I have been through many iterations of so called ‘careers’. However, I would say they were more ‘things I do for a while’ rather than career choices. I’ve been very much one for following my passions and the tug of my heart rather than financial reward.
One such ‘career’ was a stint as a croupier. I had previously been working in an accounts office – the first job I’d had since leaving school, one that I kind of fell into because I hadn’t really decided what I wanted to do with my life. My dad had been a croupier many years before and he had said it was one of the beset times of his life (work wise). So when I was sat at work, watching the clock slowly tick towards 5pm, I knew I had to do something different or I would slowly turn as grey as my surroundings.
An advert in the paper grabbed my attention. They were hiring croupiers to be trained from scratch, so I handed in my notice (even though they had just paid for me to take a course in accounting – yawn!) and four weeks later I was training to be a croupier. We learnt roulette as our main focus and we were tested on our times tables, working out bet payouts and learned the skills of spinning the ball and effortlessly gliding stacks of chips across the table without knocking them over.
We were supposed to have six weeks training, but after about three weeks they decided I was doing okay and put me on a table on a night shift to help ‘chip up’. Even though most of the tables had automatic chipping machines, they wanted us to practice chipping up the lost bets cleared from the table and stacking them so we became more at ease with handling the chips. We also got front row seats to the action and saw live betting and payouts so that we could learn and experience being in the thick of it.
It’s surprising how the adrenaline of ‘being in charge’ of a table changes everything. When we were practicing during training it seemed exciting, but when there were people betting and we had to run the tables in a live environment it added another level completely.
I had been told that I was to ‘chip’ for about a week, but the following night on my shift, a Tuesday I believe it was, I was put in charge of a table. To say I nearly pooped myself is an understatement. I tentatively started the betting but after being thrown in at the deep end I had no choice but to get on with it and take charge.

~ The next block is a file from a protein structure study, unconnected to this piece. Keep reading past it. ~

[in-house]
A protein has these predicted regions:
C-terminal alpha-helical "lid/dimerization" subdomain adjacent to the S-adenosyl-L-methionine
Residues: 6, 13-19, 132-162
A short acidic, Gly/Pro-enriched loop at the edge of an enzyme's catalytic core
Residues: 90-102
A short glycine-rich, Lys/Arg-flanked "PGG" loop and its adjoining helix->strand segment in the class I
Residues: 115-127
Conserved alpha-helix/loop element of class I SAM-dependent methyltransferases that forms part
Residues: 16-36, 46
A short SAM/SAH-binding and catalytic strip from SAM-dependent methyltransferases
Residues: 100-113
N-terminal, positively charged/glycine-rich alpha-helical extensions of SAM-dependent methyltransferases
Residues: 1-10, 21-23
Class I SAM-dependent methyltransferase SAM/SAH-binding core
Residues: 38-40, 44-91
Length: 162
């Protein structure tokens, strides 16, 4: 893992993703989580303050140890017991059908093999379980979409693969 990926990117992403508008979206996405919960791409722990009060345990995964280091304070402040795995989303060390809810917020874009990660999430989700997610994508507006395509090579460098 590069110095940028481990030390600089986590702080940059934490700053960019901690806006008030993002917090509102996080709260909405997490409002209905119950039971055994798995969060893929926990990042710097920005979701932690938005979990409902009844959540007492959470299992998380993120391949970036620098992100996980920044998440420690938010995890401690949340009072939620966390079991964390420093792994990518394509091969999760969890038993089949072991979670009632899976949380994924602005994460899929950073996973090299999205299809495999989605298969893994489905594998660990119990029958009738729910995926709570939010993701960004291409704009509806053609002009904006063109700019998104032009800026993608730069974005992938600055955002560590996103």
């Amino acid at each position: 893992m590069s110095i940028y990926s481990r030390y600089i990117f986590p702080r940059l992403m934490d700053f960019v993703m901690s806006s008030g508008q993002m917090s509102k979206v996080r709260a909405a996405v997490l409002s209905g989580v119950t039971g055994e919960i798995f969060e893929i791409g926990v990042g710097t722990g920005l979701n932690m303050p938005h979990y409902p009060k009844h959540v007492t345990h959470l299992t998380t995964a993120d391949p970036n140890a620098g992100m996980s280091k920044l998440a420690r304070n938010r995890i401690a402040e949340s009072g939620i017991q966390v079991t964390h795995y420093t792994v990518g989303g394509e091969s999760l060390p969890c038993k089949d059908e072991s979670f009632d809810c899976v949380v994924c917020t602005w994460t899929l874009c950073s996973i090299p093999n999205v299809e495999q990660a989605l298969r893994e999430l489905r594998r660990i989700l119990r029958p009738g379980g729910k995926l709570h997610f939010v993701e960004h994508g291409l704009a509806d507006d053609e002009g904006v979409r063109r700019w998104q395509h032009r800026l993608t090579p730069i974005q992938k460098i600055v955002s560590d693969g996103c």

‘No more bets, no more bets, please’ I had to keep saying to my people at the table. They were furiously stacking chips on the table, and it took me a while to realise that I had a slew of Chinese all round my table. They were nattering to each other in words I couldn’t understand, and they seemed to be getting very excited about something. I hadn’t realised that I had started to get my roulette ball stuck into one section of the wheel.
Due to the rhythm you pick up, it’s very easy to keep doing the same thing and letting the ball fall in the same area. When this happens, and people pick up on it, things go crazy.
One particular spin of the wheel ended up on number 14. To my dismay, as I put the dolly on the number (the clear counter that shows which number is the winner), there were stacks and STACKS of chips on the number, on the split, the corner, the rows – everything. It took me forever to clear the table of the lost bets as I had to carefully strip away the ones that didn’t need paying out. Then it took me another age, to calculate the bets to each player.
Finally, with a sigh of relief I managed to work them all out correctly, my pit boss was cautiously checking to make sure each bet was calculated right and once I got the nod from him, I slid the chips to each player. I thought I was out of the woods, and so I casually gave the wheel a gentle nudge to keep the momentum, picked up the ball and gave it a good spin.
As the ball whizzed around the edge, the people round my table were frantically piling more chips on the table. The stack that had previously been on number 14 had doubled in size and looked like the leaning tower of Pisa. I started to call last bets a little early as I knew it would take forever for them to stop. Just as the ball tinkled down into the number, a shriek rang out from my table. Everyone was cheering. I had yet to look at where the ball had landed because I wanted to make sure no one put a last minute bet on, and I had a sinking feeling in my stomach.
Yes, the ball was on number 14, AGAIN!
I nearly cried. I can’t remember how much I paid out on that bet, but it probably took me almost fifteen minutes to calculate everything correctly and pay it out. I could tell my pit boss wasn’t happy, but I was a rookie, so I really didn’t know what to do. It was such a sigh of relief when I noticed another croupier waiting to take over. I wiped my hand, stepped back from the table and headed off for my break.
That was my baptism of fire into my work as a croupier. Everything from that moment on I could handle and in fact rather enjoyed; the late shifts, being on the count, starting to learn poker. The dream lasted about six months but it wasn’t long before I got another tug at my heart to do something else. Acting was calling me. But that’s another story, to be told another time.